Weekly Recipe: Mashed Potatoes with Turnips, Turnip Greens, and Swiss Chard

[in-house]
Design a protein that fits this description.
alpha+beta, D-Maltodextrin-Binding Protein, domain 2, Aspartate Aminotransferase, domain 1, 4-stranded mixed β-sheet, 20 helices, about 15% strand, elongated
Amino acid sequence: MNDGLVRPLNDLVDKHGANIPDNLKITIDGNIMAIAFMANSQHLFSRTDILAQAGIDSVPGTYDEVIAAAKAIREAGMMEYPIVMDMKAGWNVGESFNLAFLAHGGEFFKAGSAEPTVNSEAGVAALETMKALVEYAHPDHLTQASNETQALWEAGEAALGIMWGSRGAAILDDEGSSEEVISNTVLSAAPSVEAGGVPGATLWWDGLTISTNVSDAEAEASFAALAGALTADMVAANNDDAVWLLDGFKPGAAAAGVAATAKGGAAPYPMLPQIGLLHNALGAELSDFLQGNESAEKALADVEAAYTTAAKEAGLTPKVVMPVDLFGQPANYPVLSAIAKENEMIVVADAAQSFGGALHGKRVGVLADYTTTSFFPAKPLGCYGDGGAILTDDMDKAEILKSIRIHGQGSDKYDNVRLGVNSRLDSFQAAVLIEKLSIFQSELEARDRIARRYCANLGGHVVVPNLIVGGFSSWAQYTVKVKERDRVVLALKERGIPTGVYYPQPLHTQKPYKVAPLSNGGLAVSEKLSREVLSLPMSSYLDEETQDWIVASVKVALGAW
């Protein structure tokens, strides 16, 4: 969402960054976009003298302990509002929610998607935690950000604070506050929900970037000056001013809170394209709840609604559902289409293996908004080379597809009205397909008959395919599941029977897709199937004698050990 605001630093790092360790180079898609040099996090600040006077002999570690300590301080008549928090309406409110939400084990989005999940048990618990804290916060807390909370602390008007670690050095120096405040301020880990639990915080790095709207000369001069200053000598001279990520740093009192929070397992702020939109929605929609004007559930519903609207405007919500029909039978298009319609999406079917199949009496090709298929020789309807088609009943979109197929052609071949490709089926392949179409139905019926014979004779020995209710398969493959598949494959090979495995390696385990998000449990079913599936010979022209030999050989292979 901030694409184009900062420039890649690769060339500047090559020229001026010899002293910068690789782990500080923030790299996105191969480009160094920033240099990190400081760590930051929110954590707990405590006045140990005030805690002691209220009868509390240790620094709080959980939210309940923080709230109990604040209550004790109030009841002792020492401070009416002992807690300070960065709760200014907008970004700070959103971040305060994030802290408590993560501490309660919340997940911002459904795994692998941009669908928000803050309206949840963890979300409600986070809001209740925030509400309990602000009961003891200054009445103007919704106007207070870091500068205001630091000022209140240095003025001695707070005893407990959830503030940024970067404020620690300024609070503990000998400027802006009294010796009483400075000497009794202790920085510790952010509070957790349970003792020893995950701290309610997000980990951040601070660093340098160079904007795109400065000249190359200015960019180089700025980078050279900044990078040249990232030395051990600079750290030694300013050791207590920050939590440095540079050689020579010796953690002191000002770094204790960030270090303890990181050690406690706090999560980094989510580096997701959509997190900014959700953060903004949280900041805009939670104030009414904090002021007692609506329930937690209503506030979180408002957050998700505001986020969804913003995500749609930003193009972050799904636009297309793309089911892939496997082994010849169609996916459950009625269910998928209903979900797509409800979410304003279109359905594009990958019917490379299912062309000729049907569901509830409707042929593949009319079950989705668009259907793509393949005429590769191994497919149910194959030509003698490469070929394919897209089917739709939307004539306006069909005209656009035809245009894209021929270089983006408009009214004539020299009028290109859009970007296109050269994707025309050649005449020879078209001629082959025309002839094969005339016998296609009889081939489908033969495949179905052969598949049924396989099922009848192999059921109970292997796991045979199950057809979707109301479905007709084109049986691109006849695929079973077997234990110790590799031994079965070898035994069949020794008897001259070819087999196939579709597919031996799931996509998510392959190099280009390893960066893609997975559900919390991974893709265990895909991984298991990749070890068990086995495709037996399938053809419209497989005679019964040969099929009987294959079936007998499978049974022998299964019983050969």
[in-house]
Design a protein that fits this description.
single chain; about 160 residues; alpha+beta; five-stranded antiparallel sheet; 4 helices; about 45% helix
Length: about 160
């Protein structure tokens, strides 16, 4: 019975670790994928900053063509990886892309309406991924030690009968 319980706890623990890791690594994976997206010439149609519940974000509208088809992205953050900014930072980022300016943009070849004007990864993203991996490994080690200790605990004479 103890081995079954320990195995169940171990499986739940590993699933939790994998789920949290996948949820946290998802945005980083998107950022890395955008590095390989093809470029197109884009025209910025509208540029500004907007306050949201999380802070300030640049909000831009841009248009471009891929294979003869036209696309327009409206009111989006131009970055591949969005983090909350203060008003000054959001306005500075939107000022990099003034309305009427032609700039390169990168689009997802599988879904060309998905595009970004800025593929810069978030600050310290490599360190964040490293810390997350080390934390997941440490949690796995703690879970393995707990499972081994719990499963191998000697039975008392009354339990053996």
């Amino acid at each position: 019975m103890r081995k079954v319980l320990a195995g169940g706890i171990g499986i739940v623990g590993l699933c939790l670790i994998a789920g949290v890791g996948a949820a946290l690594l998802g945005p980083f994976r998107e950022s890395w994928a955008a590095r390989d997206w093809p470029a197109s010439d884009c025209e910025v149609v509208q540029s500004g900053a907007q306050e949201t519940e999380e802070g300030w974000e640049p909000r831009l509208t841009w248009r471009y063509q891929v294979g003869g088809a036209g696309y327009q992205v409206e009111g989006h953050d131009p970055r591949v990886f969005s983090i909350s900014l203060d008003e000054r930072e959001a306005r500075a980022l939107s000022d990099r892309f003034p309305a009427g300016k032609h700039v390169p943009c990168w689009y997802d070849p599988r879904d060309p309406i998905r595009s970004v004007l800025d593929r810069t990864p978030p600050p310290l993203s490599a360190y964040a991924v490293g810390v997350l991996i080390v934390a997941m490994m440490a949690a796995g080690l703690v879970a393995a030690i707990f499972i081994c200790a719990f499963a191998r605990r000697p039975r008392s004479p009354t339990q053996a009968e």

Over the summer we will post recipes featuring fresh ingredients that we are growing on Common Good City Farm. Check back weekly to see what we are harvesting! At the farm, we are almost at the end of our Swiss chard harvest, but only on our first batch of harvested turnips. We thought we had better combine these two nutritional powerhouses while we have the chance! This recipe makes a filling, nutritious dish that can be enjoyed as a meal by itself, or easily compliment additional meat or vegetable dishes. Mashed Potatoes with Turnips, Turnip Greens, and Swiss Chard Recipe by Caroline Hays, adapted from Martha Shulman, nytimes.com. Ingredients • 2 lbs. russet potatoes • 1 bunch turnips, with greens • 1 bunch Swiss chard • ½ cup milk • 2 tablespoons butter • 2 cloves garlic • olive oil (for sautéing) Instructions 1. Cut away greens from turnips. Peel turnips and cut in half (or quarters if they are large). 2. Scrub and quarter potatoes. Peeling is optional. (I like to leave the peels on for more texture in the final mash.) 3. Steam potatoes and turnips together until tender, about 20 minutes. 4. Prepare turnip greens by washing and removing any tough stems. Chop into small strips. 5. Wash chard and remove tough sections of stem from chard. Slice thinly into ½ -1 inch thick strips. (An easy way to do this is to stack the leaves on top of each other and roll the stack up. Then slice the roll into strips of desired width.) 6. Mince or press garlic. 7. Heat olive oil in large skillet. 8. Add greens and garlic to skillet and sauté until greens are just wilted, 3-4 minutes. Then remove from heat. 9. Once potatoes and turnips are cooked, drain and remove from heat. Mash with butter and milk until desired consistency is obtained (amount of butter and milk can be varied to taste). 10. Stir greens into mashed potatoes and turnips and add salt and pepper to taste. 11. Optional: Top with Parmesan cheese and/or chives. Enjoy while hot! P.S. Other greens can easily be substituted for the chard and turnip greens, depending on the season and what you have on hand. For example, spinach or collard greens work well.

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